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Your friend's method fails immediately for any number whose decimal expansion does not terminate. What is the index of $\pi $? For that matter, what is the index of $\frac13=0.333...$? In this sense, your friend's method fails for almost all rationals even.

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  • $\begingroup$ While I agree with the sentiment saying "almost all" seems ill advised. In terms of cardinality the size of the sets is the same obviously and there is even an extremely natural bijection when one thinks about the sets in terms of decimal expansions. I suppose you can think of the types of fractions allowable, in which case any fraction in minimal form where the denominator has a factor distinct from 5 or 2 is uncovered, but that still abuses the notion of almost all in my opinion. $\endgroup$ – DRF Nov 5 '15 at 9:15
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    $\begingroup$ @DRF 'Almost all' has a well-defined meaning (or rather meanings – depending on a field of mathematics), and Théophile used it correctly. See en.wikipedia.org/wiki/Almost_all for more info. $\endgroup$ – CiaPan Nov 5 '15 at 9:17
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    $\begingroup$ @CiaPan Yes I know that almost all has a well defined meaning which is exactly why I disagree. In the way he presents the claim none of the standard definitions work. You could argue for the Number theoretic version but then you have to give some encoding for rationals in integers first for that approach to make sense. (And you can certainly create an encoding for which you don't get almost all). $\endgroup$ – DRF Nov 5 '15 at 9:22
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    $\begingroup$ @DRF Fix a denominator $N$. What is the probability that $a/N$ terminates, for a randomly chosen $a \in [1,N]$? What happens as $N \to \infty$? $\endgroup$ – Théophile Nov 5 '15 at 17:47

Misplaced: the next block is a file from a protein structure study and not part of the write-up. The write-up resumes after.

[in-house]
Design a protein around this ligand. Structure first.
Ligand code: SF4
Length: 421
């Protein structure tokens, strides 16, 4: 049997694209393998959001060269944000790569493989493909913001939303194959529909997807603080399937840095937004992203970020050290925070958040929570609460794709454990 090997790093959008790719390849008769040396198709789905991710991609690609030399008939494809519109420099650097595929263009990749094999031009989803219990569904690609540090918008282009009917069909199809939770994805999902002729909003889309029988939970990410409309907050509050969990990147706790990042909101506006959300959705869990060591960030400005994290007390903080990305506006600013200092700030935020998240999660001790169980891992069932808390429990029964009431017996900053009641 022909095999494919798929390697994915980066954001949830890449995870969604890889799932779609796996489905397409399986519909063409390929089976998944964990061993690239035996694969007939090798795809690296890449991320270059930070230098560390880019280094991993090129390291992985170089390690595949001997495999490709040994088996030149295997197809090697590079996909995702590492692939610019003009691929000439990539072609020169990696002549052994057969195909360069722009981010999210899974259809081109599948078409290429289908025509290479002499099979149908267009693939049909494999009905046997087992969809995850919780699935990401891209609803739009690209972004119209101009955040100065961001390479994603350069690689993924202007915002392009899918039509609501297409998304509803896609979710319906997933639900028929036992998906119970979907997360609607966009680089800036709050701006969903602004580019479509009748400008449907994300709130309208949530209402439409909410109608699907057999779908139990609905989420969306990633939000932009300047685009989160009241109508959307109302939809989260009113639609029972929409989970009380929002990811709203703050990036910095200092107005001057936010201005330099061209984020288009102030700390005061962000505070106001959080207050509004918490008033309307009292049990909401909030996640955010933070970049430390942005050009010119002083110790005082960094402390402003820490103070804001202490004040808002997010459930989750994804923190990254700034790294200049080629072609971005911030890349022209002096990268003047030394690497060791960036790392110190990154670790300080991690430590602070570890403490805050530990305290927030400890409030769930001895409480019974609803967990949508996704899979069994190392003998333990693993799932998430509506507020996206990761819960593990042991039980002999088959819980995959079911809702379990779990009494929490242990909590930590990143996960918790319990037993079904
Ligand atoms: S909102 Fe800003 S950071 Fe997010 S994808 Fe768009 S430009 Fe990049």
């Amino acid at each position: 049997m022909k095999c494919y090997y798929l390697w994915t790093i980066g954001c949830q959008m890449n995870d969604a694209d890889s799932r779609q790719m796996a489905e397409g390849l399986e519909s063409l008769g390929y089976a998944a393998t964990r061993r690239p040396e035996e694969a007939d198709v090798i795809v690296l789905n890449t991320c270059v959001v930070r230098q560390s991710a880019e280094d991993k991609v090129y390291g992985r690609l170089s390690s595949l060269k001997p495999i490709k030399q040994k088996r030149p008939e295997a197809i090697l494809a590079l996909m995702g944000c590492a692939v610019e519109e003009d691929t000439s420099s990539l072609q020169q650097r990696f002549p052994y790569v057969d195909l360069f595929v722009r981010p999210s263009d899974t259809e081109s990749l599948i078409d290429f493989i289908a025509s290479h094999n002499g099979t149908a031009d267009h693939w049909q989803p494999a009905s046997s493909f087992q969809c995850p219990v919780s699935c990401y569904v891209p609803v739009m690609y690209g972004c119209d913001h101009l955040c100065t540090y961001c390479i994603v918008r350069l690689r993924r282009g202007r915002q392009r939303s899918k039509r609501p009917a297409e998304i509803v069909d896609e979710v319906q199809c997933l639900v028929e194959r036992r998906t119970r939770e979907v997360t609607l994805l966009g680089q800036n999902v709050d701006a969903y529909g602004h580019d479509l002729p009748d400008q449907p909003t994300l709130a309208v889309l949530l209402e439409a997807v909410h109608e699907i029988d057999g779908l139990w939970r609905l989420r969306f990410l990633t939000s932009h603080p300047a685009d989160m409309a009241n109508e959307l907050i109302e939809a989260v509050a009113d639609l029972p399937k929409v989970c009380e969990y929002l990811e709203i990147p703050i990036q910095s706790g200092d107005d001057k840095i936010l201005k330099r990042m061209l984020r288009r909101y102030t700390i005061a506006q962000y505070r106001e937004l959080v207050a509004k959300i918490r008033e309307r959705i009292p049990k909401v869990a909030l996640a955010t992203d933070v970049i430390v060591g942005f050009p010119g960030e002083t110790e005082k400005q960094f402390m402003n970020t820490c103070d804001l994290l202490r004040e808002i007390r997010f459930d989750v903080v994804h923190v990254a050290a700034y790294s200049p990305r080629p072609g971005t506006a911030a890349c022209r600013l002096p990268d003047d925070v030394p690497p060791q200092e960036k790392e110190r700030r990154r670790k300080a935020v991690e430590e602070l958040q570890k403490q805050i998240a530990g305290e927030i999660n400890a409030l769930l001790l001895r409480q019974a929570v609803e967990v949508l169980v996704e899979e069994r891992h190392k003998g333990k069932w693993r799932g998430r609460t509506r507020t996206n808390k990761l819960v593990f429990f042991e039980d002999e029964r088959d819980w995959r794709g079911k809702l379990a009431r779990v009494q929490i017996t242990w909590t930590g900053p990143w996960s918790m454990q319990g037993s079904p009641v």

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    $\begingroup$ @DRF I apologize. I had little time when I wrote my comment, so I was aiming for brevity, not for condescension. The limit I mentioned indeed does not exist; what I meant to write was this: Fix $N$, then choose a denominator $b \in [1,N]$ and a numerator $a \in [1,b]$. Then the probability that $a/b$ terminates approaches $0$ as $N \to \infty$. There are two natural ways to choose $a$ and $b$, either by choosing $b$ uniformly and then $a$ next, or by choosing $(a,b)$ uniformly from legal pairs. In both cases, the probability approaches $0$, and it seems to me that this justifies "almost all". $\endgroup$ – Théophile Nov 8 '15 at 17:22
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(Migrated from the comments.)

Since you only have terminating decimals, you could just as well end each of them with an infinite string of zeroes. This does not change the value of any of the numbers that you had included, so if you had them all, then you will still have them all!

(For example: $0.31$ would become $0.31000\ldots$)

Once you have re-written the numbers as above, you can essentially apply Cantor's diagonal argument to these decimal representations to produce a number that is not found in your list.